PhotoThe housing market is into a second year of recovery and home sales continue to rise, but who is buying these properties? Increasingly, it's Wall Street.

Hedge funds have poured billions of dollars into snapping up foreclosed homes and turning them into rental property. Throughout most of 2012, first-time home buyers accounted for only 30 percent of monthly purchases, according to the National Association of Realtors (NAR). Investors typically account for more than 20 percent.

Much of the hedge fund activity is centered in the most beaten-down markets, such as Phoenix and Las Vegas. After buying distressed properties at a discount, they have no trouble renting them to people who can no longer qualify for a mortgage. After the housing melt-down, many people no longer want to own a home.

Shelter, not investment

People are moving back to buying houses for shelter, not for investment, and that's a very healthy trend,” said Sam Zell, chairman of Equity Group Investments, in an interview with CNBC.

That may mean more single-family homes will become rentals rather than owner-occupied. And Zell isn't backing away from real estate, saying the demographics are very positive for rental housing.

“I think the rental housing market is going to continue to be very strong,” he said.

Investment in single-family rentals has increased significantly over the past couple of years, prompting the Wall Street Journal and Morgan Stanley to label the segment a new asset class. Because of that, small investors are also picking up real estate.

Small investors

Many are paying with cash, to avoid having to deal with banks. NAR's monthly existing home sales report consistently shows about 30 percent of purchases are made with cash.

Rents are going up nationwide, but perhaps nowhere quite as fast as California. According to a rental pricing analysis conducted by RentRange LLC, La Quinta, Calif., saw the biggest rent spike in the country last year, rising by $932 or 35.75%, from December 2011 to December 2012.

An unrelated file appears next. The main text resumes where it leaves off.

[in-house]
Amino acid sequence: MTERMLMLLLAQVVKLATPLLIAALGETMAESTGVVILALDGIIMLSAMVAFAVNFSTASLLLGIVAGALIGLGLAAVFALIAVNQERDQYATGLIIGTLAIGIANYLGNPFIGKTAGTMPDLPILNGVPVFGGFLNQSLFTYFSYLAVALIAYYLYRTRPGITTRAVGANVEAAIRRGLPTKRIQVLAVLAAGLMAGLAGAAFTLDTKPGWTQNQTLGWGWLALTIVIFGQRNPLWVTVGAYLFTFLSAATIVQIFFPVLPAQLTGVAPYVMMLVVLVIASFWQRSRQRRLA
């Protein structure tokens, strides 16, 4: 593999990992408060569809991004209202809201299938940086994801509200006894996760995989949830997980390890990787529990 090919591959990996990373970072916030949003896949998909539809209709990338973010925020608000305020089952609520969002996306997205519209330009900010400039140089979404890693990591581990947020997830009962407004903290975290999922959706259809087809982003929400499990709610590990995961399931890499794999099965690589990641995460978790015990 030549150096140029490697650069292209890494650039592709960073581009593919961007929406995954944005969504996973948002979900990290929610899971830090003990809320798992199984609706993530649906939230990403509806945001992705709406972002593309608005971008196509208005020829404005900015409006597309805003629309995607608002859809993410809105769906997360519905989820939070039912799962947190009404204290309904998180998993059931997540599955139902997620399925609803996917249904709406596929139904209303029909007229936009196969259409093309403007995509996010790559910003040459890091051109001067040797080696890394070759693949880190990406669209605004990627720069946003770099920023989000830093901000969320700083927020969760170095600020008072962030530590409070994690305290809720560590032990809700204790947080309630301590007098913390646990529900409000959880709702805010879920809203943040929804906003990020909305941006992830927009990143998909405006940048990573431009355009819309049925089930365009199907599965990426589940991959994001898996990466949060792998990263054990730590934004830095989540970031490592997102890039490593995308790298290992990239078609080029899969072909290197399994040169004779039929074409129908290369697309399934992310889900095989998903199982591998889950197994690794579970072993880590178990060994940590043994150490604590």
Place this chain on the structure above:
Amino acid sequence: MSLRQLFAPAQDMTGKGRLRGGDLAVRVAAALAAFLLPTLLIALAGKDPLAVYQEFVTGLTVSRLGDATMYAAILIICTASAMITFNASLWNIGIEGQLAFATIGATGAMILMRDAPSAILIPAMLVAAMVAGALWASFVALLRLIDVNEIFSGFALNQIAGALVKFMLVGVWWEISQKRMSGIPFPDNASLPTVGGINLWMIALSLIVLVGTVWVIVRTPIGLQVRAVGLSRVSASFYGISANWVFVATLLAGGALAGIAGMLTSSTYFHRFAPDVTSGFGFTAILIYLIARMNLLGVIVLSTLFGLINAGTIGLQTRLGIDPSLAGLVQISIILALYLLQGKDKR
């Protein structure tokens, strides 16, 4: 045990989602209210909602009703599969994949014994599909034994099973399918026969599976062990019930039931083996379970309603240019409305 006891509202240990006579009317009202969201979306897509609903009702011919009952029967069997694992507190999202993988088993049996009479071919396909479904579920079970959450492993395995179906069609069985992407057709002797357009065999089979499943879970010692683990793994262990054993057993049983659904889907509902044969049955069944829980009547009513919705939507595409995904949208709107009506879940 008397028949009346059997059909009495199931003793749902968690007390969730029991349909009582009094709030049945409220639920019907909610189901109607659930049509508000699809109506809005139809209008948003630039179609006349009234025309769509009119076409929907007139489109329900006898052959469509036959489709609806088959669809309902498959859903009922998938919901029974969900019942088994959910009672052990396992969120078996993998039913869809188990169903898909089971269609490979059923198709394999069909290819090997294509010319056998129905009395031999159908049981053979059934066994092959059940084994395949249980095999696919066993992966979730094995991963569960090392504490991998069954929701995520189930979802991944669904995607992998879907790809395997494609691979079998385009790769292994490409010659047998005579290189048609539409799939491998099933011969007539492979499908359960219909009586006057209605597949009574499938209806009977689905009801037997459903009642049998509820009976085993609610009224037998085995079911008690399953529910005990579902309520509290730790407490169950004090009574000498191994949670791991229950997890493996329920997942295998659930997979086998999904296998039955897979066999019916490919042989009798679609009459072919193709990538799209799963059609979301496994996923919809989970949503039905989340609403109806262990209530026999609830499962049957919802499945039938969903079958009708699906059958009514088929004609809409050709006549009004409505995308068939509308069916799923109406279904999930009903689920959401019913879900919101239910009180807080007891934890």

In fact, six other California cities are included in the Top 10 markets with the greatest rental price increases for single-family residences in 2012. Three, like La Quinta, are in Riverside County's Coachella Valley.

Texas, Florida, and Georgia

Two are in San Diego County and one is in Orange County. The other three cities in the Top 10 markets with the greatest rental price increases for single-family homes are Harker Heights, Texas; Sarasota, Florida; and Mableton, Georgia.

"Rental price movement over time is one of many important metrics that investors utilize when evaluating suitable marketplaces. As popular markets become saturated with investment activity it is important for purchasers to leverage specialized rental market intelligence to identify attractive markets that competitors have yet to notice," said Walter Charnoff, RentRange's founder and CEO.

That's resulted in fewer homes for sale – which has begun to push up prices again – and more homes for rent.

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